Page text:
Rye school not taking on new students due to funding crisis

Rye Studio School
Rye Studio School

A school which offers courses in the creative and business industries is not accepting any more new students because of a funding crisis.

Yesterday (Thursday, March 9), Rye Academy Trust met with students and staff at Rye Studio School to announce that the school will not be taking any year 10 and year 12 students for the next academic year, starting in September.

Tim Hulme

Tim Hulme

In addition, Rye Studio School is withdrawing its Foundation Diploma course at the end of this academic year.

However, the trust has stressed that the school is not closing and will remain open.

Caledon Bartholomew, a year 11 student at Rye Studio School, said: “The school helps students pursue careers in the creative and business industries and has had some of the best results for A-levels in the county.

“It prides itself on having smaller classes to enrich students’ knowledge so they can achieve their best possible potential.

The trust is a relatively small one and cannot sustain the current level of operating costs against a backdrop of cuts to pupil funding. It is already struggling to maintain services and is cutting some activities

Tim Hulme, CEO of Rye Academy Trust

“Yesterday we were given the news our school was not going to be accepting any college students anymore due to funding problems.

“This is a major issue since a lot of current students wanted to stay on for college and also people from Rye and the surrounding area wanted to attend.

“This is a major problem not only for the students but the teachers and staff as well. Students have developed great relationships with their teachers and that is what helps the school thrive.”

Tim Hulme, chief executive officer of Rye Academy Trust, said the trust was facing financial pressures.

There were losses of around £750,000 in 2015/16 and £1m for 2016/17 if left unchecked.

On top of this, there is a claw-back of £574,000 to the Education Funding Agency (EFA), due to not recruiting sufficient student numbers during the school’s first two years of operation.

Mr Hulme added Rye Studio School was inspected in December 2016 and received a ‘requiring improvement’ judgement by Ofsted.

He said the Institute for Fiscal Studies says spending per pupil is to fall 6.5%, with sixth-forms facing a continued squeeze on budgets.

Rye Academy Trust received notice this week that pupil funding for primary, Key stage 3 and Key stage 4 is to be reduced.

This will have a net loss of £90,000 for 2017-18, Mr Hulme added.

Rye Academy Trust covers Rye College, Rye Studio and Rye Primary Schools.

Mr Hulme said: “It is disappointing that while schools face a severe funding crisis, £240m is being spent on expanding grammars.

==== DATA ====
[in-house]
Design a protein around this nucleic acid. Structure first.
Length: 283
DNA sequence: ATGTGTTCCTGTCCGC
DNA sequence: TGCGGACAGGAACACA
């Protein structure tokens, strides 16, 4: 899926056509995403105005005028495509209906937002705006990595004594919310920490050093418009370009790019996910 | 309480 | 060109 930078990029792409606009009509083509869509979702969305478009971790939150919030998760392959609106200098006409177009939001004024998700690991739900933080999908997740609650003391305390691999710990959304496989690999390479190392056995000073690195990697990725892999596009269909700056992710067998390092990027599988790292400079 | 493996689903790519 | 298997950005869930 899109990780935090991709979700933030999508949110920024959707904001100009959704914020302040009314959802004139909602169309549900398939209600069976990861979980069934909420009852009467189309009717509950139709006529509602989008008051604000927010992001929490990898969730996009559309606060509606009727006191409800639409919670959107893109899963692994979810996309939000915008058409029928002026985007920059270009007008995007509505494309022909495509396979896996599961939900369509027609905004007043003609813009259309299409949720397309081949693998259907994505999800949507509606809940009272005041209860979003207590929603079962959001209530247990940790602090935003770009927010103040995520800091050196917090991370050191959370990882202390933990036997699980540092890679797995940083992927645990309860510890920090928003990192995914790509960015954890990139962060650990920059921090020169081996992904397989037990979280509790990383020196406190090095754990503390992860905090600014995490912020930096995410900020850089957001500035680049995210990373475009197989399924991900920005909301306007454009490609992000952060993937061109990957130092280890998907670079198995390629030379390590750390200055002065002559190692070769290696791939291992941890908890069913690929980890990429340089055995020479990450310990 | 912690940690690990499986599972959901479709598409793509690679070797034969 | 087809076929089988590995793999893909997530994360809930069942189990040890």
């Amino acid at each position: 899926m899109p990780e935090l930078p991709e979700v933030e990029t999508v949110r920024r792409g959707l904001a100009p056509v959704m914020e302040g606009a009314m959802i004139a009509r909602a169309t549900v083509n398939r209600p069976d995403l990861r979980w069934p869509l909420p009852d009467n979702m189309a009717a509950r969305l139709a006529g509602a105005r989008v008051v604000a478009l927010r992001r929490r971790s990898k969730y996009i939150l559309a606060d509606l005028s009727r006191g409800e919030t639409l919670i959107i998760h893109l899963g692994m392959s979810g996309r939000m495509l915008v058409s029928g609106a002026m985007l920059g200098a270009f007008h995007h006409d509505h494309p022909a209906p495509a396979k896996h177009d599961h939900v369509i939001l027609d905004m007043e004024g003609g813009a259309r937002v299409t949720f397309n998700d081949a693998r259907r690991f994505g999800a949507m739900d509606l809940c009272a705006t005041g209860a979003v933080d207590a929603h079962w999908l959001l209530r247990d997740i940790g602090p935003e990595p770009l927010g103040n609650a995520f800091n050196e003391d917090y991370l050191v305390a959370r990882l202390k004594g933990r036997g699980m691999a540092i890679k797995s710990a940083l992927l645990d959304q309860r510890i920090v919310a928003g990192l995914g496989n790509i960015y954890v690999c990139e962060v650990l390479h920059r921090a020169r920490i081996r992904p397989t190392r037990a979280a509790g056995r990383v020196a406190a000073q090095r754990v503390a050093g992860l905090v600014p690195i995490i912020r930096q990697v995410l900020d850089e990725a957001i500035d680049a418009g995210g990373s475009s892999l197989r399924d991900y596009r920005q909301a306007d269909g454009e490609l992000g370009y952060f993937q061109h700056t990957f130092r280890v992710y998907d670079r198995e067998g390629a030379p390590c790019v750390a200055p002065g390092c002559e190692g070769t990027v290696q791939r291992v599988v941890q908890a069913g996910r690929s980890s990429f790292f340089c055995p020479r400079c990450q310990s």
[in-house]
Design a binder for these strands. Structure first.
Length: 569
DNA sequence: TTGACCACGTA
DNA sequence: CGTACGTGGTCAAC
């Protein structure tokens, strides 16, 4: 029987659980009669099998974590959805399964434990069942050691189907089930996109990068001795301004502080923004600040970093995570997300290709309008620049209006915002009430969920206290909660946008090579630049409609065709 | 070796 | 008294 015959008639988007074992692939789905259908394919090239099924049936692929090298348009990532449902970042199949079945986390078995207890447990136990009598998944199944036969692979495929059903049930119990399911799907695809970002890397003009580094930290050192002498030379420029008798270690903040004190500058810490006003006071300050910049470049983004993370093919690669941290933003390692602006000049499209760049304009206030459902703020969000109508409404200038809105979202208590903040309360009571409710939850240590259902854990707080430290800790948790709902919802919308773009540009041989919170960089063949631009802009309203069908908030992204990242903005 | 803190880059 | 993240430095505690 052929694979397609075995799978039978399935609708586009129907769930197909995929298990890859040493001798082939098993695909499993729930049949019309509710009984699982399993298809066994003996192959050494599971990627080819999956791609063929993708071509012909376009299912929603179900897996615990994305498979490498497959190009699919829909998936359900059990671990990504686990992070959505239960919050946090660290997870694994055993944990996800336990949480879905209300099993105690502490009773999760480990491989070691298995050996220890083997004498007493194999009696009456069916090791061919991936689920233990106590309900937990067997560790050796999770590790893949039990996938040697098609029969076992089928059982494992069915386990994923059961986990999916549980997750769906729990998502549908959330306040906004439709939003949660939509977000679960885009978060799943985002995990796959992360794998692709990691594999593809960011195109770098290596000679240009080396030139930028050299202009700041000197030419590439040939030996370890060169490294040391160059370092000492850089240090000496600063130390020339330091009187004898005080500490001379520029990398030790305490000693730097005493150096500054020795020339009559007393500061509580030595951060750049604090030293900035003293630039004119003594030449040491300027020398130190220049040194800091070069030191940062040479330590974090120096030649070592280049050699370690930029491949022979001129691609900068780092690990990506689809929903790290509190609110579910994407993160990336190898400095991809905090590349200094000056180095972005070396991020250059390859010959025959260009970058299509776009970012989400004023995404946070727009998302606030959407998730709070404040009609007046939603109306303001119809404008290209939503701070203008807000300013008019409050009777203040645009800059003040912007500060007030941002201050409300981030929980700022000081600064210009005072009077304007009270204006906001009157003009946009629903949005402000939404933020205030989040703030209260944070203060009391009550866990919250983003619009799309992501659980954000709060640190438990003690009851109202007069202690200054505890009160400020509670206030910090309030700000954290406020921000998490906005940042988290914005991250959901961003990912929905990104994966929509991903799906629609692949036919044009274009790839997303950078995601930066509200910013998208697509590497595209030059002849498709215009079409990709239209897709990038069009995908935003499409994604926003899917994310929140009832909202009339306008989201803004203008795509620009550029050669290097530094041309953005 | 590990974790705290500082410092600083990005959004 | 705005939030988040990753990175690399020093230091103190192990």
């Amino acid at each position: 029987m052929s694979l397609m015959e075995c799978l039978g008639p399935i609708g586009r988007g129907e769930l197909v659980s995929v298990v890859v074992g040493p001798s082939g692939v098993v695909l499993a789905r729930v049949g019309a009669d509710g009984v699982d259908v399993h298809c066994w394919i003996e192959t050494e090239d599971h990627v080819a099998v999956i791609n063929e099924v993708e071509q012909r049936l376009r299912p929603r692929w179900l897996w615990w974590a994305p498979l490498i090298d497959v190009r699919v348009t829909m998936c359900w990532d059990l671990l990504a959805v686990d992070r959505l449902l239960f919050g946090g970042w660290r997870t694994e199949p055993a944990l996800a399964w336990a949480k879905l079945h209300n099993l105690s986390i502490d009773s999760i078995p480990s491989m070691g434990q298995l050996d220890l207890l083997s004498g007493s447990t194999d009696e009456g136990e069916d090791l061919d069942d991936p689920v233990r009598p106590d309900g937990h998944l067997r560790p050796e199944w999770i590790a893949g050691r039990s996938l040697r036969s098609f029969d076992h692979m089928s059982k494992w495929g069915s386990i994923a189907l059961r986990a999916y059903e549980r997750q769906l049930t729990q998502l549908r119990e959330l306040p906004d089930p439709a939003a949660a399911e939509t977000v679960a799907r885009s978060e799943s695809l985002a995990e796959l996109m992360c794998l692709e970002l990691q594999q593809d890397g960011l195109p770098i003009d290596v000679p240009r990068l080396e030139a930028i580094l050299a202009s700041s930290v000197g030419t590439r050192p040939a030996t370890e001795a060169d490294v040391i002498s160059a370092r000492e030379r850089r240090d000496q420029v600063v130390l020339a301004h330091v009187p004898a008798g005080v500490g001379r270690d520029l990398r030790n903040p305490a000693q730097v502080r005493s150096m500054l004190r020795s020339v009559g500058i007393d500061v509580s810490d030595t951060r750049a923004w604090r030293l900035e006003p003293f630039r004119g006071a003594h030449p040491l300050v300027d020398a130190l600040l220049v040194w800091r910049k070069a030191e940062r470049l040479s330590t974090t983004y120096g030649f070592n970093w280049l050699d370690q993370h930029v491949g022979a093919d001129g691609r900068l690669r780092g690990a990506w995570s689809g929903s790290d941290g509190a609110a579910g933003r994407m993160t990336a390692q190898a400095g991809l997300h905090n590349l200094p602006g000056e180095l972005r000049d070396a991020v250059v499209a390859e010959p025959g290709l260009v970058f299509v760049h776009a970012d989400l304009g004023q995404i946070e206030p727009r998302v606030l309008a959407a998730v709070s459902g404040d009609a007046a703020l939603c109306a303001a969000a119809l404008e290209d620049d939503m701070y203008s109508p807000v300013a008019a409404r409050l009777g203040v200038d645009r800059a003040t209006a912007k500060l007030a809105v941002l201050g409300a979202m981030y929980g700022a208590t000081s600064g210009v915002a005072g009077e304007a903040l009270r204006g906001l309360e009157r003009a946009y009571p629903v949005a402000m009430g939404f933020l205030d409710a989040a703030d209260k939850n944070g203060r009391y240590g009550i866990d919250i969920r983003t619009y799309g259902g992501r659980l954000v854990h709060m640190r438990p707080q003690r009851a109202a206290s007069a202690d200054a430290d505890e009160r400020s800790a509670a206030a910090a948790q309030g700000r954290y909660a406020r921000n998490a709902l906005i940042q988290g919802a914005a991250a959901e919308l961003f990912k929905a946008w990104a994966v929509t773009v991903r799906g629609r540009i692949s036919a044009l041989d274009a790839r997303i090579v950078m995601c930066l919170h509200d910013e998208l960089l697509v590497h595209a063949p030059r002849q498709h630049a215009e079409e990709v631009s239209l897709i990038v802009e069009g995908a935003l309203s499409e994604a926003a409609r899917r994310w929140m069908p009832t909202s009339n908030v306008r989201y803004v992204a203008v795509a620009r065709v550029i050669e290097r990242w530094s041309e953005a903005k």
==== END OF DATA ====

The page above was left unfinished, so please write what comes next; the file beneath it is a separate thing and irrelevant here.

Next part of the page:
“The trust is a relatively small one and cannot sustain the current level of operating costs against a backdrop of cuts to pupil funding. It is already struggling to maintain services and is cutting some activities.

“We are now at breaking point and the only way some schools are going to manage this significant cut in real terms is through a re-organisation to ensure we establish a sustainable future and a strong set of schools for the community of Rye for the next 100 years.

“I fear that the hard work of school staff is concealing the extent of the financial difficulties, so teachers strive harder, support staff plug gaps and leaders try to sleep at night while trying to solve a problem that is not of their making.

“Our three schools are struggling to function adequately on a day-to-day basis, and, in addition, we are severely hampered in our ability to recruit and retain staff. This has a direct impact on how we work with reasonable teacher-pupil ratios and to buy basic equipment.

“I am totally committed to all our learners. We are looking to have a year of consolidation for the studio with view to re-design it for 2018-19. Studio 6 will offer several vocational pathways alongside the popular creative courses.”

Groups of students affected by the studio school changes will be escorted to other local colleges, which offer sixth form provision, the trust said.

A personal letter from Mr Hulme is being sent to the chief executives of Sussex Coast College, Bexhill 6th Form, Sussex Downs College and Hadlow College – Ashford Campus with a personal request to offer affected students places on their courses.

Individual information, advice and guidance interviews will be provided for every student, the trust added.

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